7 p.m. — We arrive at our friend's just in time to blow the shofars. We have a brief 20-minute service of sorts and then it's time to dig in. They have a beautiful rack of lamb and very non-traditional Rosh Hashanah sides, which is great news as far as I'm concerned. A lot of Rosh dishes are very sweet, and I don't especially care for them. They serve us vodka martinis, and we admire the challah. It's the first one their daughter has ever made all by herself, and it's beautiful. We chat over wine about my upcoming book and the even-more-upcoming wedding. I would usually feel stressed about both of these, but nothing bothers me post-cabin.
11 p.m. — We get home and I start making a brine for the capon. It's a secret recipe that involves vermouth, and it is the best brine in the world. I put the submerged capon in the fridge and write up a cooking schedule for tomorrow. We have a very small kitchen, so I need to be pretty organized if I'm making more than a couple dishes in a single day.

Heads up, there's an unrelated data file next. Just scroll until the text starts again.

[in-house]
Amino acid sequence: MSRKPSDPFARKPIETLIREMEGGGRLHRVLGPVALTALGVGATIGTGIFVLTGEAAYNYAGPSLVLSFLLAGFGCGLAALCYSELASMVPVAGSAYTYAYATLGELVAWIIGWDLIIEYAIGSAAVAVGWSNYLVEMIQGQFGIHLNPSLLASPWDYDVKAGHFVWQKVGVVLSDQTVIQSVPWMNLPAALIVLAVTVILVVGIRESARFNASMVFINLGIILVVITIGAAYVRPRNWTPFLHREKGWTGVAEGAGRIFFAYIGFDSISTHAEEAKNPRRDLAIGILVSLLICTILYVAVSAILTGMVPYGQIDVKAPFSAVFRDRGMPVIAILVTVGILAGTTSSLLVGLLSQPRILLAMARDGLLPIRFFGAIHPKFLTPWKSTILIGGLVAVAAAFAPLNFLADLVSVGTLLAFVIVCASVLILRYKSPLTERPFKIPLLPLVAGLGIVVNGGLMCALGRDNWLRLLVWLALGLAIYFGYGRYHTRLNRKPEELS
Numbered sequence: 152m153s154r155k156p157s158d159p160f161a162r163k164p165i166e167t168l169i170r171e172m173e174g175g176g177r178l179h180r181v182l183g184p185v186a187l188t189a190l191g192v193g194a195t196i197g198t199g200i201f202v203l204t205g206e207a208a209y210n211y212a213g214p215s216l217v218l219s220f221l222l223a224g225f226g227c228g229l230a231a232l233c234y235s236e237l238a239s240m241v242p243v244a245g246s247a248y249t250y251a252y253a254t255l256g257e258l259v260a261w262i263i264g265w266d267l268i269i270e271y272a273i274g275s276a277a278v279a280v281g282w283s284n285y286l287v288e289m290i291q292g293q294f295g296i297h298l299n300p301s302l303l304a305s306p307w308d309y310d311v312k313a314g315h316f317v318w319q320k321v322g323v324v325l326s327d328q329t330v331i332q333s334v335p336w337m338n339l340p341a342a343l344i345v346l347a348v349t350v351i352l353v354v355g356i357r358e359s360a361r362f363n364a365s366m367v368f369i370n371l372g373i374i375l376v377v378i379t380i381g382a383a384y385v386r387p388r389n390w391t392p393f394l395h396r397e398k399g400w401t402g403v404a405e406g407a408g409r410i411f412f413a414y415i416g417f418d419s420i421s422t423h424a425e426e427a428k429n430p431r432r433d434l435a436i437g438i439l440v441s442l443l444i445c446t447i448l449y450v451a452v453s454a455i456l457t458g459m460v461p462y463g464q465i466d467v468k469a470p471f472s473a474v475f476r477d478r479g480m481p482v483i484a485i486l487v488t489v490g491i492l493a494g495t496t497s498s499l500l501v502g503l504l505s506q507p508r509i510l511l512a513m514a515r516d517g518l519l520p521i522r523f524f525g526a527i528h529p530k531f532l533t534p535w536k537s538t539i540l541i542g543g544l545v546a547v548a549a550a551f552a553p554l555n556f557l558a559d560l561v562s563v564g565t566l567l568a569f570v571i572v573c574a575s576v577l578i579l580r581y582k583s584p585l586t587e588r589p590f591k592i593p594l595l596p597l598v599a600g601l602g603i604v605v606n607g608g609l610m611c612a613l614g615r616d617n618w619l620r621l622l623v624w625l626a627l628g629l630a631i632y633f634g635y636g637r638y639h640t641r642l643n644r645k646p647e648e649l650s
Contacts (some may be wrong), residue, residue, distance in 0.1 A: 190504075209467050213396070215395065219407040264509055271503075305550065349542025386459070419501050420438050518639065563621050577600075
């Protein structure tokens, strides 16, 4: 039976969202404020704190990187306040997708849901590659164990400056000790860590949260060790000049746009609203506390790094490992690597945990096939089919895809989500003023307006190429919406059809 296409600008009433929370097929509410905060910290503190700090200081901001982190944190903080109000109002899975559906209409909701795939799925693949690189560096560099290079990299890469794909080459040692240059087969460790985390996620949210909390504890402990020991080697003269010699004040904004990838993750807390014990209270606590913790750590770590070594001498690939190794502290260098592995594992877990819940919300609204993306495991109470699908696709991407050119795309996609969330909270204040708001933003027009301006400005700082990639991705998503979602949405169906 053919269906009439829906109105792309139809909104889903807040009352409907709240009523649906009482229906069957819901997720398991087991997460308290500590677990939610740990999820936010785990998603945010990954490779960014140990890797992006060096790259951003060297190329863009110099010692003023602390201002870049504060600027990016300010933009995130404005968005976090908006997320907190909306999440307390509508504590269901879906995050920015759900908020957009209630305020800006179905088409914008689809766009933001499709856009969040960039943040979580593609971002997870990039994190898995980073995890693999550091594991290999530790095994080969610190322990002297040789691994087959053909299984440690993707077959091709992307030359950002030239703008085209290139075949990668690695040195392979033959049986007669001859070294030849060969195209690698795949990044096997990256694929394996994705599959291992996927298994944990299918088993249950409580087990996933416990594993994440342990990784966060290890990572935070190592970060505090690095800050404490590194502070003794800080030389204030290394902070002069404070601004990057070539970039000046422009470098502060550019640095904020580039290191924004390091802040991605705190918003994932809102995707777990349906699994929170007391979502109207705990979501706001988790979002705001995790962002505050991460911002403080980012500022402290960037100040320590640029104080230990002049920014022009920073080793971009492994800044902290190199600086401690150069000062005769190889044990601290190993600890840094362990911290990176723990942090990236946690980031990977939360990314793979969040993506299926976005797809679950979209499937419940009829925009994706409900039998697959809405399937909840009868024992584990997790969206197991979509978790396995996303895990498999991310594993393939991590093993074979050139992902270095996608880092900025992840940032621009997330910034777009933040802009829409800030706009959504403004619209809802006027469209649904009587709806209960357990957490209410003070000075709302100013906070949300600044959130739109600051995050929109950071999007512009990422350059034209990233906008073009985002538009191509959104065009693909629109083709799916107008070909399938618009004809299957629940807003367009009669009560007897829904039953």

11:45 p.m. — I get in the tub and soak for half an hour or so. I've got a busy day ahead of me, so I towel-dry my hair and get into bed as soon as I'm done.
Daily Total: $36
Money Diaries are meant to reflect individual women's experiences and do not necessarily reflect Refinery29's point of view. Refinery29 in no way encourages illegal activity or harmful behavior.
The first step to getting your financial life in order is tracking what you spend — to try on your own, check out our guide to managing your money every day. For more money diaries, click here.
Have a Money Diary you'd like to share? Right now, in addition to our ongoing diaries, we're looking for potential diarists along the following theme:
Your Spending In Your State: We want to run one Money Diary from a different state each week. Want to rep your state? Submit here!
We want to know: If you didn't have student loans, what would you spend that money on? Would you invest it, throw it in a vacation fund, buy that bag you've been eyeing, or save it for a rainy day? Let us know here for a chance to be featured on the site.
Have questions about how to submit or our publishing process? Read our Money Diaries FAQ doc here: r29.co/mdfaqs

More from Work & Money

Watch

R29 Original Series